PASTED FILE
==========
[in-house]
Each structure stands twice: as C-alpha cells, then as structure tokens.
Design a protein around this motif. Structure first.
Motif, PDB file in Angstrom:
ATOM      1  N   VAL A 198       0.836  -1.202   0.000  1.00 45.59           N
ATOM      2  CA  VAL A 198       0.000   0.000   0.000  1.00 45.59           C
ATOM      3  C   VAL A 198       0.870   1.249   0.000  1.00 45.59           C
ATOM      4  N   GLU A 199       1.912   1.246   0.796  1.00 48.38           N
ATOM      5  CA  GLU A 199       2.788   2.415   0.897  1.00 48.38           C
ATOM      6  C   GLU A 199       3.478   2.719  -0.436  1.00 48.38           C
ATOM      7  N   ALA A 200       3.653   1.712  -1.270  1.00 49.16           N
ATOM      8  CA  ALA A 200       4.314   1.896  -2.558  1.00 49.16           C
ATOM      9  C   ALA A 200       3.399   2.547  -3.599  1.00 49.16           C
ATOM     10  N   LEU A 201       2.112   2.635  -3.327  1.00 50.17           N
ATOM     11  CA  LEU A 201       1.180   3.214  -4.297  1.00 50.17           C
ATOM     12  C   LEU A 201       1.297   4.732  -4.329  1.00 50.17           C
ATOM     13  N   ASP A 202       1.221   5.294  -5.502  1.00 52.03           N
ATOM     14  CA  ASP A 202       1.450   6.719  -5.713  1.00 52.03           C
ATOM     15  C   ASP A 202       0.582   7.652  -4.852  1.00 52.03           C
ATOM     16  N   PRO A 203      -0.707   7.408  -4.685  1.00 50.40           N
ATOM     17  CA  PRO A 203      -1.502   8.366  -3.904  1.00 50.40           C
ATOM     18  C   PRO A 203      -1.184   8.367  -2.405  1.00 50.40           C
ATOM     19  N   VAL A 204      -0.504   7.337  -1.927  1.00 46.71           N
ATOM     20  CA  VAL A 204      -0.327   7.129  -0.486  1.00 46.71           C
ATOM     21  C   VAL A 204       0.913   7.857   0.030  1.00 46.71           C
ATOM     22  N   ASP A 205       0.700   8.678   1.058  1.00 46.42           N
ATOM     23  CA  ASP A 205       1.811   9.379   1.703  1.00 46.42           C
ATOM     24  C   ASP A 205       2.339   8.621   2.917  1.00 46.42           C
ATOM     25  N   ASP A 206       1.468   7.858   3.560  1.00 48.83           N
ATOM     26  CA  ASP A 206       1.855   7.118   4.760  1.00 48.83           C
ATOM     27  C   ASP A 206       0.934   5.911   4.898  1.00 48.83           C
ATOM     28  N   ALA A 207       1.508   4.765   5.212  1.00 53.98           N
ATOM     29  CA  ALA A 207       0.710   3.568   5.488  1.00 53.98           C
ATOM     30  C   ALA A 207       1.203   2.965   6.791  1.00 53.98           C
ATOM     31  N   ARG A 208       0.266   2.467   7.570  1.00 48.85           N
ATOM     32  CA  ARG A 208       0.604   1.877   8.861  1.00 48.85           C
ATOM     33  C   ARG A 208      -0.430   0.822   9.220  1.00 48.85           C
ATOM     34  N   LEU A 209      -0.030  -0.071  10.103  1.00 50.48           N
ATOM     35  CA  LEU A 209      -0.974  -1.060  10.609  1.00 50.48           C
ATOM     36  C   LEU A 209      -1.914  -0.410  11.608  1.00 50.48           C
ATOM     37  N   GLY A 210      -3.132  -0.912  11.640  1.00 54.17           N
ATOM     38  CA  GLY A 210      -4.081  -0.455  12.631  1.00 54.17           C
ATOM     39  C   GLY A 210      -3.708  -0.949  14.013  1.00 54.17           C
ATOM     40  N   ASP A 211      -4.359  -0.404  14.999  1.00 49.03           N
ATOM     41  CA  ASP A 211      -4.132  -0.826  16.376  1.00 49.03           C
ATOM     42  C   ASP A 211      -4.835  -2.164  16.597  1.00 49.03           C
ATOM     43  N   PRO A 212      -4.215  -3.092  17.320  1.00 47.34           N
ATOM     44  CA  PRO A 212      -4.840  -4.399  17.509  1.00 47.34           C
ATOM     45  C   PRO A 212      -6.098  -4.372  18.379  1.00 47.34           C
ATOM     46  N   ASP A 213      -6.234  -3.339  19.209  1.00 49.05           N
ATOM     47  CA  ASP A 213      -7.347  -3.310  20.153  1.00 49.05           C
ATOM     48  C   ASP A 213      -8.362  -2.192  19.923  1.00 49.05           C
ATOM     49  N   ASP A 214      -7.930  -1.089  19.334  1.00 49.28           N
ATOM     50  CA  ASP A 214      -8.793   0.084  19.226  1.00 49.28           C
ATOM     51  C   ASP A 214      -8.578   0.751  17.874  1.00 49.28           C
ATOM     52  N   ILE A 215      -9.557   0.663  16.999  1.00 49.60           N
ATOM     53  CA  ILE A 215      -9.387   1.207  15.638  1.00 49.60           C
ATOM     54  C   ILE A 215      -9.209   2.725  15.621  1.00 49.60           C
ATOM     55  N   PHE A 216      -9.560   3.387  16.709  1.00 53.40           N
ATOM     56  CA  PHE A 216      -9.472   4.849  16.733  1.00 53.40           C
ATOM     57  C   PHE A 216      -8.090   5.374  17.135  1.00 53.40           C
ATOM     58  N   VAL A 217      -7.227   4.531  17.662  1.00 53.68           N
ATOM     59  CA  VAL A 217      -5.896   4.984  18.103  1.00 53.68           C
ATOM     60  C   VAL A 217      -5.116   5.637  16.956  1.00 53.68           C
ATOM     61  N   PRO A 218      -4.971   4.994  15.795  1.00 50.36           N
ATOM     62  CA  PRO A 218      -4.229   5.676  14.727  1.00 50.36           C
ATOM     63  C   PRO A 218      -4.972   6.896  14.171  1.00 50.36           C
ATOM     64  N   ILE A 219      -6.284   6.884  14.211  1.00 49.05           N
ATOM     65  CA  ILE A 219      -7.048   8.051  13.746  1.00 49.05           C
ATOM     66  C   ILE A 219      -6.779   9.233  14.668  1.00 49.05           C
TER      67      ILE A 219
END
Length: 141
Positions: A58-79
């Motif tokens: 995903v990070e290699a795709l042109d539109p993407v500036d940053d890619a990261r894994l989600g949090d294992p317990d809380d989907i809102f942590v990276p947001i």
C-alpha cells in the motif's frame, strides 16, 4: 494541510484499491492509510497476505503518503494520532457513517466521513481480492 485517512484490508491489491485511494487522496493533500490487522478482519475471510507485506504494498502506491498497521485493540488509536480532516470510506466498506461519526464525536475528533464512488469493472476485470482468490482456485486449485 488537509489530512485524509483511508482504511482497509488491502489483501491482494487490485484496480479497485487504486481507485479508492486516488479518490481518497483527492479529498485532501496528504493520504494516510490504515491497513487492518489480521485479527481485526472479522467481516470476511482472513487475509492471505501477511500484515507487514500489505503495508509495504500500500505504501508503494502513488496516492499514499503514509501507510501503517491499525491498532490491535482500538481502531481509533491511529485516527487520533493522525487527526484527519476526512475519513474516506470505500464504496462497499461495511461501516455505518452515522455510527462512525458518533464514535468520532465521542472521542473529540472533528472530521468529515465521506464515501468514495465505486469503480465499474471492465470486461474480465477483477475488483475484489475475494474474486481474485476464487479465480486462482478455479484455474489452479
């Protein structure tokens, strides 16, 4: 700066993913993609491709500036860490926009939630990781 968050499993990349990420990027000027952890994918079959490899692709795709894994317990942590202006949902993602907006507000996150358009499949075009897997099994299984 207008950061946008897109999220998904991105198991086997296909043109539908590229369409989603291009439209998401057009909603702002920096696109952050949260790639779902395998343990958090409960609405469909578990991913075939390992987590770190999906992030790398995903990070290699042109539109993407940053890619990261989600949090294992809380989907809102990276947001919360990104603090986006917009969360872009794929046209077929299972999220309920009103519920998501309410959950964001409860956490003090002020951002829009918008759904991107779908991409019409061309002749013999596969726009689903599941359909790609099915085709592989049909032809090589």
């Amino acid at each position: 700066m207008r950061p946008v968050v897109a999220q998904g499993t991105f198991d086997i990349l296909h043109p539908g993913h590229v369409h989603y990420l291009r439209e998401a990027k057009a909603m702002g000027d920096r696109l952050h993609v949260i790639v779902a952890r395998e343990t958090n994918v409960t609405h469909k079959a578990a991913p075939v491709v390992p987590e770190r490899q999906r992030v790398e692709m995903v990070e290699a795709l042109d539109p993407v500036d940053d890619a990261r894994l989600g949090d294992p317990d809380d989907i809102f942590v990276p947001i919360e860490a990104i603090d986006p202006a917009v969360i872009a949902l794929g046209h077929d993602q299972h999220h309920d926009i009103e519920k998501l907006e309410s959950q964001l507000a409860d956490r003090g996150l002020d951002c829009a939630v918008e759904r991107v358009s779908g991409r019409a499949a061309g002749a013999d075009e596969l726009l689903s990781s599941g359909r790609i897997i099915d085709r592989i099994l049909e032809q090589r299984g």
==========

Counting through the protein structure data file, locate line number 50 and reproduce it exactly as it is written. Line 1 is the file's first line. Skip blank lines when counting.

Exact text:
ATOM     46  N   ASP A 213      -6.234  -3.339  19.209  1.00 49.05           N